7 Vital Skills Experienced Mentors Have Perfected – And How to Learn Them Yourself
by Brent Roy
Becoming a mentor can be both fulfilling and a way to uplevel your career.
Shortly after I hired (we’ll call her) Susan, to our communications team, she let me know right away that she wanted to become a people manager. Susan’s enthusiasm and potential were evident.
She had the skills, experience and education, along with the self-awareness and professionalism needed to excel. At the time though, the small team couldn’t support another manager.
While looking for opportunities for Susan, a public relations student–let’s call her Emily, reached out to me. She sought a summer internship with us.
Before hiring Emily, I worked with Susan to structure a working relationship that would benefit all. As director, I would continue to lead the team but Susan would oversee Emily’s day-to-day tasks.
Beyond that, neither Susan nor I were sure how to define her role. Would it be coaching or mentoring? Since neither of us had sussed out the nuances of the two skills, we had to search the definitions.
What Is A Mentor?
Mentoring: The Definition
A mentor is someone who shares their knowledge, skills and experience, to help another to develop and grow. Mentoring often occurs over a longer period of time and, similar to teaching, is instructive.
Its purpose is for the mentor to guide, teach and demonstrate specific skills. A mentor typically would be a few years further on in the career and have hands-on knowledge of the skills needed.
On the other hand, A coach is someone who provides guidance to a client on clarifying their goals and helps them reach their full potential. Coaching is less direct and instructive. Through the coach’s use of asking powerful questions, coaching is more inquiring. Coaches and clients work together in mutually-arranged sessions, often for 20 minutes to an hour at a time.
What Skills Does A Mentor Need?
Relevant Knowledge and Expertise
Unlike a coach, a mentor needs knowledge and experience in the field of expertise they are to impart to the mentee. A mentor has “been there, done that” but is still highly engaged and enthusiastic about the subject matter. It is most effective when the mentor’s knowledge and experience are still fresh.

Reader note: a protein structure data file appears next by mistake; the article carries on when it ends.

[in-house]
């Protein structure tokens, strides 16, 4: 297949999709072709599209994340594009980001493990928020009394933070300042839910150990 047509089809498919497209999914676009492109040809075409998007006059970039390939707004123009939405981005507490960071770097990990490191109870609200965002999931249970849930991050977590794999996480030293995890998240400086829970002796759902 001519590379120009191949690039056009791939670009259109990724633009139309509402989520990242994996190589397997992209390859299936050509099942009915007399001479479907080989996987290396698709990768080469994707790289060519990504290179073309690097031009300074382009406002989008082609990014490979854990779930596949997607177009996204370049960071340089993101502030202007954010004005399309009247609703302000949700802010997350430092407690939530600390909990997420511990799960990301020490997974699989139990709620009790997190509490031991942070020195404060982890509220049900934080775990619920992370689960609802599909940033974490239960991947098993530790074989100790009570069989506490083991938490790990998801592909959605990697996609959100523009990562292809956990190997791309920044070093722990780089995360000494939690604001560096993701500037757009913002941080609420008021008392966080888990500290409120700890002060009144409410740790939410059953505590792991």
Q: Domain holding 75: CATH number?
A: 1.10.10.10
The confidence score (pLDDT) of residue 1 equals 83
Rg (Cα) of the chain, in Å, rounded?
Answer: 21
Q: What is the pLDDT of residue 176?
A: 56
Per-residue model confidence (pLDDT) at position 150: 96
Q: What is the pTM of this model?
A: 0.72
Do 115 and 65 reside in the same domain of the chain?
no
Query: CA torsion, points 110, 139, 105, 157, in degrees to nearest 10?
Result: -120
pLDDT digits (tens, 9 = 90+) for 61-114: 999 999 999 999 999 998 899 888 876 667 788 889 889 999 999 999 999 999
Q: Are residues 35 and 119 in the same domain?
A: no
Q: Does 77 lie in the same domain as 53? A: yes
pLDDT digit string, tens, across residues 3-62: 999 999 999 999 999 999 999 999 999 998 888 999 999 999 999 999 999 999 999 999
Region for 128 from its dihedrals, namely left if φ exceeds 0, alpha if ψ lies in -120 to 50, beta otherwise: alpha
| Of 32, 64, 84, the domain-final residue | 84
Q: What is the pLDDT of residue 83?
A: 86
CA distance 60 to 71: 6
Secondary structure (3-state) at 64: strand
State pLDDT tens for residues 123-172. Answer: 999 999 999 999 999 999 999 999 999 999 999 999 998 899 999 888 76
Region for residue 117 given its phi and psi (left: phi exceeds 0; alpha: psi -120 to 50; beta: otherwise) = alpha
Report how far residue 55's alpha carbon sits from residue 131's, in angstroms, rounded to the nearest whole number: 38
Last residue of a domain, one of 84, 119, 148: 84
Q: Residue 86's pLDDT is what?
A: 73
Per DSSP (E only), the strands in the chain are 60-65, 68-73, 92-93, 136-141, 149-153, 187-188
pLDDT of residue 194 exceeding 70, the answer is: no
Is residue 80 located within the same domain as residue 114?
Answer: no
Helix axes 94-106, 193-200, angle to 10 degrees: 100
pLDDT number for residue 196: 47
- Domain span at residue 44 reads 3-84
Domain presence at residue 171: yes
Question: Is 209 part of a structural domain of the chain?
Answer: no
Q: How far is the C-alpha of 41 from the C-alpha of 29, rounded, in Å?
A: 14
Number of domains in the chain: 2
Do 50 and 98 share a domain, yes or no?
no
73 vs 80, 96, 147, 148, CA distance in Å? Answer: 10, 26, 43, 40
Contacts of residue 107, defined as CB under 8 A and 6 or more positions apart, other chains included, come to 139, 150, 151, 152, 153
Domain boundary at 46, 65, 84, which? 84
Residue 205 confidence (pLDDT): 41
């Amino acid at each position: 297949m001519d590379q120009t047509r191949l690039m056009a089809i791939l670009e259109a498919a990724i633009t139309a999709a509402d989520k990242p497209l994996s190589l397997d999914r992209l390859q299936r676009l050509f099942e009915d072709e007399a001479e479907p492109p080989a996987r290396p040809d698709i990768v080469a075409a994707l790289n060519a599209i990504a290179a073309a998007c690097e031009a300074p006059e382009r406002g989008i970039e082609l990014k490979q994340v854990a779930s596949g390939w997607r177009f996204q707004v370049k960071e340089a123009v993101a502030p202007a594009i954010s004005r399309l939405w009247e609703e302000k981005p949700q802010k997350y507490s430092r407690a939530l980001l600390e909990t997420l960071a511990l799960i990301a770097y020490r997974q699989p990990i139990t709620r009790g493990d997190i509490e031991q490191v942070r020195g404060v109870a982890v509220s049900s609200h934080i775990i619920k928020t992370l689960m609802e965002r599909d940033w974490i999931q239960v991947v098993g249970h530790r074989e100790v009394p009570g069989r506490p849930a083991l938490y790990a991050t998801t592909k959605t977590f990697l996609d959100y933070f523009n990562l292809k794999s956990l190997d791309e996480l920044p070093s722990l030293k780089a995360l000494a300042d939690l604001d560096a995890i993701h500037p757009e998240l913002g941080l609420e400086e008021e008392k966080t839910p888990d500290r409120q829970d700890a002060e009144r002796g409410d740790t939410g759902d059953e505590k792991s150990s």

Ability to teach, focused on mentee’s growth
In a career setting, mentoring goes much deeper and requires more commitment than orienting the mentee to their role. A mentor must be ready to make the investment into the mentee’s growth. They should be prepared to make the mentee a priority until they and the mentor are comfortable with the mentee’s burgeoning skills and independence.
A good mentor is neither a cheerleader nor a bossy taskmaster. Their goal is to encourage the mentee to push through the challenges and demonstrate their belief in the mentee’s ability to succeed.
Ability to Provide Constructive Feedback and Advice
Helping them push through the challenges will involve providing constructive feedback and advice. The mentor shows respect to the mentee by waiting for the appropriate time and location for some quick feedback.
Then, the mentor could share with the mentee the growth area along with a specific example of what they observed.
The mentor would then explain the impact the behaviour is having, then pause for a reaction.When it’s clear the mentee understands, the mentor would suggest steps the mentee could take to change the behaviour.
Good at Follow-up and Follow-Through
Mentors must exemplify the behaviour they want to see in the mentee. Responding to mentee’s requests in a timely fashion is important. Good mentors will schedule followup opportunities and check the progress of the mentee’s development.